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United States Department of Agriculture

Agricultural Research Service

Title: Continuum of risk analysis methods to assess tillage system sustainability at the experimental plot level

Authors
item Fathelrahman, Eihab
item Ascough, James
item Hoag, Dana - COLORADO STATE UNIVERSITY
item Malone, Robert
item Heilman, Philip
item Wiles, Lori
item Kanwar, Ramesh -

Submitted to: Sustainability
Publication Type: Peer Reviewed Journal
Publication Acceptance Date: July 11, 2011
Publication Date: July 20, 2011
Citation: Fathelrahman, E.M., Ascough II, J.C., Hoag, D.L., Malone, R.W., Heilman, P., Wiles, L., Kanwar, R.S. 2011. Continuum of risk analysis methods to assess tillage system sustainability at the experimental plot level. Sustainability. 3(7):1035-1063. DOI:10.3390/su3071035.

Interpretive Summary: The primary goal of this study was to evaluate the efficacy of decision criteria, stochastic dominance, and stochastic efficiency with respect to a function (SERF) methodology for ranking conventional and conservation tillage systems using 14 years (1990-2003) of economic budget data collected from 36 plots at the Iowa State University Northeast Research Station near Nashua, IA. Four tillage system alternatives (chisel plow, moldboard plow, no-till, and ridge till) were analyzed. Decision criteria analysis of the economic measures alone provided somewhat contradictive and non-conclusive rankings, e.g., examination of the decision criteria results for corn and soybean gross margin and net return showed that different tillage system alternatives were the highest ranked depending on the criterion and the crop. Stochastic dominance analysis results were very similar for both second-degree stochastic dominance and stochastic dominance with respect to a function, i.e., for both methods the moldboard plow tillage system alternative was the highest ranked for corn gross margin and the no-till tillage system alternative was the highest ranked for soybean gross margin. SERF analysis results were also dependent on the crop type (corn or soybean), economic outcome of interest (gross margin or net return) and level of risk aversion. The moldboard plow tillage system was preferred across the entire range of risk aversion for the corn gross margin and soybean net return analyses, while the ridge-till system was preferred across the entire range of risk aversion for the corn net return analysis. For the soybean gross margin analysis, the no-till system was preferred except at the extreme risk aversion level.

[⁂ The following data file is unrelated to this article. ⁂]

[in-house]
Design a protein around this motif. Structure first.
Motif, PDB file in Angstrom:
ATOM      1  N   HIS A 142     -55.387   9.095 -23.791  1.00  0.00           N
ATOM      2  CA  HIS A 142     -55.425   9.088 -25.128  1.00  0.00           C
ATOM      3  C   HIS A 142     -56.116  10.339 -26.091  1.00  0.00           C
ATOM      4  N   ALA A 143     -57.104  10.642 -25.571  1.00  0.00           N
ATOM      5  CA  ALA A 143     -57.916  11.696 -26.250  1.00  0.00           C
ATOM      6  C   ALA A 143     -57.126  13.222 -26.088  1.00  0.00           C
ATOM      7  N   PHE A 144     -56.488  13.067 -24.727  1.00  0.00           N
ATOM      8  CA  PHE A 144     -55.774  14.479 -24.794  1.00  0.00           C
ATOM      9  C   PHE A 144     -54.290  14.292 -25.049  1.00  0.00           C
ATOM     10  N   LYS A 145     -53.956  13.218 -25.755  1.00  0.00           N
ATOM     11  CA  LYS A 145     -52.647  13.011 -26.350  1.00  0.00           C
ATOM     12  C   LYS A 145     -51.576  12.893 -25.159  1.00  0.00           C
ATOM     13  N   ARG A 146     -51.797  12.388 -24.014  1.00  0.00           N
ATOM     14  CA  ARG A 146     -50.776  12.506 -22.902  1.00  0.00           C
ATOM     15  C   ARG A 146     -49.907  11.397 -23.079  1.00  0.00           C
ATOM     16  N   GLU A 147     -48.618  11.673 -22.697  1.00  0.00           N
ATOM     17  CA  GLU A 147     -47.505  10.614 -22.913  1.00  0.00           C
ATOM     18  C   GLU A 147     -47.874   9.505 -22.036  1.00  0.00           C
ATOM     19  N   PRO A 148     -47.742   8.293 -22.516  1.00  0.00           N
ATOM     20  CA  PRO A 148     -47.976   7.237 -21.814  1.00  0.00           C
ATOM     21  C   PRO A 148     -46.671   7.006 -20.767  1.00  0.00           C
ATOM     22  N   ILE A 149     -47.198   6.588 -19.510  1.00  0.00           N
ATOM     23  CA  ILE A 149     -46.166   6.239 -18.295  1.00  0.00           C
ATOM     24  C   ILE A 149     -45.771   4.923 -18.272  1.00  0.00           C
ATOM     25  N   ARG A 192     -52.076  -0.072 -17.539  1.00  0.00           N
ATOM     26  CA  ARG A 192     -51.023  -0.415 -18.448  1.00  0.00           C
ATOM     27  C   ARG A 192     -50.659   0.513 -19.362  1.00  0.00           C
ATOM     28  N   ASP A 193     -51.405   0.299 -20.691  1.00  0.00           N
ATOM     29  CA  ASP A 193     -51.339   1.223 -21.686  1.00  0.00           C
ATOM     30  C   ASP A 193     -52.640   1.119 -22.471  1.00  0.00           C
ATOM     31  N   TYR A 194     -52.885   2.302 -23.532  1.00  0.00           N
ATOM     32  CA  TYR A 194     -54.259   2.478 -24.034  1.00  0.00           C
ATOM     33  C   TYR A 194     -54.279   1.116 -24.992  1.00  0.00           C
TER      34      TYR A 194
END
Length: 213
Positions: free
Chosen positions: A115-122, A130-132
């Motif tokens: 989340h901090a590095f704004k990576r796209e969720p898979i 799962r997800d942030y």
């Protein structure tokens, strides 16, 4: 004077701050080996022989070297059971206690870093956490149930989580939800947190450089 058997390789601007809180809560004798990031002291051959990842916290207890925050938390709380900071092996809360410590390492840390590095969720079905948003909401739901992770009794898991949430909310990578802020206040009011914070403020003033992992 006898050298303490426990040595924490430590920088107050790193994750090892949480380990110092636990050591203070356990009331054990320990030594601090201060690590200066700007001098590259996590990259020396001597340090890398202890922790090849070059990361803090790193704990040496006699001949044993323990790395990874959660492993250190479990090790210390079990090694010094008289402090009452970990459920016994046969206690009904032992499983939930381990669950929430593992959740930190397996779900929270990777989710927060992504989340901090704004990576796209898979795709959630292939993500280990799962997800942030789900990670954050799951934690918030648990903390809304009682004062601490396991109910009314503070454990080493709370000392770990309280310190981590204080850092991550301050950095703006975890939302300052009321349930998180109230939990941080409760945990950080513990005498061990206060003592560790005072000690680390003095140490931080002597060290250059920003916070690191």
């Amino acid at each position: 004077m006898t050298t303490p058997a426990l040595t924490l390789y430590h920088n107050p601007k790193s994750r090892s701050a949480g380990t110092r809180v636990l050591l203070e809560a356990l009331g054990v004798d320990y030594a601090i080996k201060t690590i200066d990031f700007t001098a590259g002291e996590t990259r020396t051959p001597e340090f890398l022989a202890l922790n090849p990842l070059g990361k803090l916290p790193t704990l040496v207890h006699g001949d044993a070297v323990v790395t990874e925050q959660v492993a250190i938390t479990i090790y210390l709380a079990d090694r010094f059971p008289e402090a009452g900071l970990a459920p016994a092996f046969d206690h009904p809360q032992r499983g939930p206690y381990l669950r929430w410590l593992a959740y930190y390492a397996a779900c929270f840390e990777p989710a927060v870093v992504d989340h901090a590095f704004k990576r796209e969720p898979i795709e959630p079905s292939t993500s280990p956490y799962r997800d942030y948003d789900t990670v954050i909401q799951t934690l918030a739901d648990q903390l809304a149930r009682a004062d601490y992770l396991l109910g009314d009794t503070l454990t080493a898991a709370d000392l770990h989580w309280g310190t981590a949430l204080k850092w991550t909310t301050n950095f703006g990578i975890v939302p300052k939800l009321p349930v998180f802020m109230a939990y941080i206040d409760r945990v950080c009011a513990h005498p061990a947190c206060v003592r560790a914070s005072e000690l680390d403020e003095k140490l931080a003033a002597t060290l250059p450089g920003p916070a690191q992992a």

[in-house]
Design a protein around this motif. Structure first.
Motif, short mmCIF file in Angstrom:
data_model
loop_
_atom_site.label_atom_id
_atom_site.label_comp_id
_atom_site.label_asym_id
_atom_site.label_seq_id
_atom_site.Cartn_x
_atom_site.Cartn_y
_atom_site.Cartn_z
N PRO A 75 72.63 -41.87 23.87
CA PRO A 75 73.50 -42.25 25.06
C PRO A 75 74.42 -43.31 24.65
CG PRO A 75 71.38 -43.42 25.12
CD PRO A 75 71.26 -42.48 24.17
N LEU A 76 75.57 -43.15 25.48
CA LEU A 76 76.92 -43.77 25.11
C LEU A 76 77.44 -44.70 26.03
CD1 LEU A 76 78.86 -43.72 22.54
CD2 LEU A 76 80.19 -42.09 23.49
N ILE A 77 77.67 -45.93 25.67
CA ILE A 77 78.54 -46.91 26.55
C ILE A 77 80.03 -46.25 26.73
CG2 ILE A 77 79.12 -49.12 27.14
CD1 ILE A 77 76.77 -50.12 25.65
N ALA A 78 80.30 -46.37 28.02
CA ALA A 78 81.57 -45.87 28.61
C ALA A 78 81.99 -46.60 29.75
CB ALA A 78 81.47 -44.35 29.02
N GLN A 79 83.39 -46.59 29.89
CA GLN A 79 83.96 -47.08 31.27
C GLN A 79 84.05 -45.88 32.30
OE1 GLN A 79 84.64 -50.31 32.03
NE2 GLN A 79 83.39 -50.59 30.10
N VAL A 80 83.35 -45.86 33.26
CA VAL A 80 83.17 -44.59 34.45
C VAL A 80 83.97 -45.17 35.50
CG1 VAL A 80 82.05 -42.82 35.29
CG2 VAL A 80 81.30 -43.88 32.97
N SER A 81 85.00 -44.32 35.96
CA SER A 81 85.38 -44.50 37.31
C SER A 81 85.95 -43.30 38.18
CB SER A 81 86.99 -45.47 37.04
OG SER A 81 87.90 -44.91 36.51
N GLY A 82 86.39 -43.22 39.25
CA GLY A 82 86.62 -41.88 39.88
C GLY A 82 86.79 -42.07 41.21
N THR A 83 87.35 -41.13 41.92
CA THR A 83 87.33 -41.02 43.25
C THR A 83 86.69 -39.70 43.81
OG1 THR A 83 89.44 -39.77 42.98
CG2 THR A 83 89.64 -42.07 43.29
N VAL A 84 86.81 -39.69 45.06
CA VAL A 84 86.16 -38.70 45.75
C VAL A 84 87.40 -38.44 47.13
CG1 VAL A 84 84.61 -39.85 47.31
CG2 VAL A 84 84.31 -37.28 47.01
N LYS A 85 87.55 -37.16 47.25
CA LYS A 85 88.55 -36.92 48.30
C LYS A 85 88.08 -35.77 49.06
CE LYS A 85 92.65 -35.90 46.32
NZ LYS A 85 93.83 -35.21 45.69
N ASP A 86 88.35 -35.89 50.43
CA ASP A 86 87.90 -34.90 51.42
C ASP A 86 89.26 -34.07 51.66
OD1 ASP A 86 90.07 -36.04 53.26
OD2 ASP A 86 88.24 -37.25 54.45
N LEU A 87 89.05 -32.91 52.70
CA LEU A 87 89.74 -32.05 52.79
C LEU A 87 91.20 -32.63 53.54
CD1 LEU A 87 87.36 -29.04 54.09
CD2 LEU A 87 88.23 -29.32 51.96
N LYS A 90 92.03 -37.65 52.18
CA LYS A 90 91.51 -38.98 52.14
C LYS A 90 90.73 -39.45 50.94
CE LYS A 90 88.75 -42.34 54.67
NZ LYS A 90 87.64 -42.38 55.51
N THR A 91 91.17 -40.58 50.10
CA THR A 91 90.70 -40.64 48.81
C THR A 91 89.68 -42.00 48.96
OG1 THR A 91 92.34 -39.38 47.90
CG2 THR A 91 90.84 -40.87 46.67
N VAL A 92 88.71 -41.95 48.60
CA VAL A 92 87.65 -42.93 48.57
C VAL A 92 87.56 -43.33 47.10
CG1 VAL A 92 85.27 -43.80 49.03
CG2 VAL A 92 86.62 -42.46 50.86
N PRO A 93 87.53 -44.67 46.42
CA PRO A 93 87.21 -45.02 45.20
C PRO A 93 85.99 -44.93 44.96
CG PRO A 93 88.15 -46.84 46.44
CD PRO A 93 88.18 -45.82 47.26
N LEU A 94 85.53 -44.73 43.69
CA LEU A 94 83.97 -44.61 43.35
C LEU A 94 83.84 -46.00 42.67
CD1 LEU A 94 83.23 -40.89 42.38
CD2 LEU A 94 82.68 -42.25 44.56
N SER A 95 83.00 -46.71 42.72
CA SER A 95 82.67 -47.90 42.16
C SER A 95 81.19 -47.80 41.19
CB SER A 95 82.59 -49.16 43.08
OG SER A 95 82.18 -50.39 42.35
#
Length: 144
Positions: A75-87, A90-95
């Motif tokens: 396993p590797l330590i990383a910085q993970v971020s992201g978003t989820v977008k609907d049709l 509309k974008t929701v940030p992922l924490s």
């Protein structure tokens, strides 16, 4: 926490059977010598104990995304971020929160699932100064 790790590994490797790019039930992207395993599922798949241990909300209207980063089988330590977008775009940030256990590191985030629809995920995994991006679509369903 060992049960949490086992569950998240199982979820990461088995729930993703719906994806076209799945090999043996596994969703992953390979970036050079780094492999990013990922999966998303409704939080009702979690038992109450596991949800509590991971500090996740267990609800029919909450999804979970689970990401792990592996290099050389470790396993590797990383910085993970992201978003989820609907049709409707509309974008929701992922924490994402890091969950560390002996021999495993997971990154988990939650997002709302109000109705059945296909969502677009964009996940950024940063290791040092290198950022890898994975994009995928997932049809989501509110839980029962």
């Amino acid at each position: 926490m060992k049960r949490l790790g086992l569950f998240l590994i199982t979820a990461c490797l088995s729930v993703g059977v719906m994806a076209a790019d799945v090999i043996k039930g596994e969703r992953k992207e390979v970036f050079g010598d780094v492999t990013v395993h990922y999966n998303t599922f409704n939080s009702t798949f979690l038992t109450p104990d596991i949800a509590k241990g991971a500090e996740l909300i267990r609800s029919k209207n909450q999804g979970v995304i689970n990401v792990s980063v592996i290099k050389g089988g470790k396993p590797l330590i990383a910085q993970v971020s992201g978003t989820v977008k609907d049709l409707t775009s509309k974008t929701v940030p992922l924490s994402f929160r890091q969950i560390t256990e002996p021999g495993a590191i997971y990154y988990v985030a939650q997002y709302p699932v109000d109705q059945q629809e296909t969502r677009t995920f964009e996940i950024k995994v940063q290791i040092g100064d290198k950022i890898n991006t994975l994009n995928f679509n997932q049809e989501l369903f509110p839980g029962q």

Technical Abstract: The primary goal of this study was to evaluate the efficacy of stochastic dominance and stochastic efficiency with respect to a function (SERF) methodology for ranking conventional and conservation tillage systems using 14 years (1990-2003) of economic budget data collected from 36 plots at the Iowa State University Northeast Research Station near Nashua, IA. Four tillage system alternatives (chisel plow, moldboard plow, no-till, and ridge till) were analyzed. For the stochastic dominance analysis, the tillage system alternatives were ranked using second-degree stochastic dominance (SSD) and stochastic dominance with respect to a function (SDRF). For the SERF analysis, certainty equivalent (CE) values for gross margin and net return by crop were calculated for each tillage system alternative. In addition to the SERF analysis, an economic analysis of the tillage system alternatives was also performed using decision criteria and simple statistical measures. Finally, the visually-based Stoplight method was employed for displaying gross margin and net return probability distribution information at cutoff points one standard deviation above and below mean values. Decision criteria analysis of the economic measures alone provided somewhat contradictive and non-conclusive rankings, e.g., examination of the decision criteria results for corn and soybean gross margin and net return showed that different tillage system alternatives were the highest ranked depending on the criterion and the crop. Stochastic dominance analysis results were very similar for both SSD and SDRF, i.e., for both methods the moldboard plow tillage system alternative was the highest ranked for corn gross margin and the no-till tillage system alternative was the highest ranked for soybean gross margin. SERF analysis results were also dependent on the crop type (corn or soybean), economic outcome of interest (gross margin or net return) and level of risk aversion. The moldboard plow tillage system was preferred across the entire range of risk aversion for the corn gross margin and soybean net return analyses, while the ridge-till system was preferred across the entire range of risk aversion for the corn net return analysis. For the soybean gross margin analysis, the no-till system was preferred except at the extreme risk aversion level.

Last Modified: 7/28/2014
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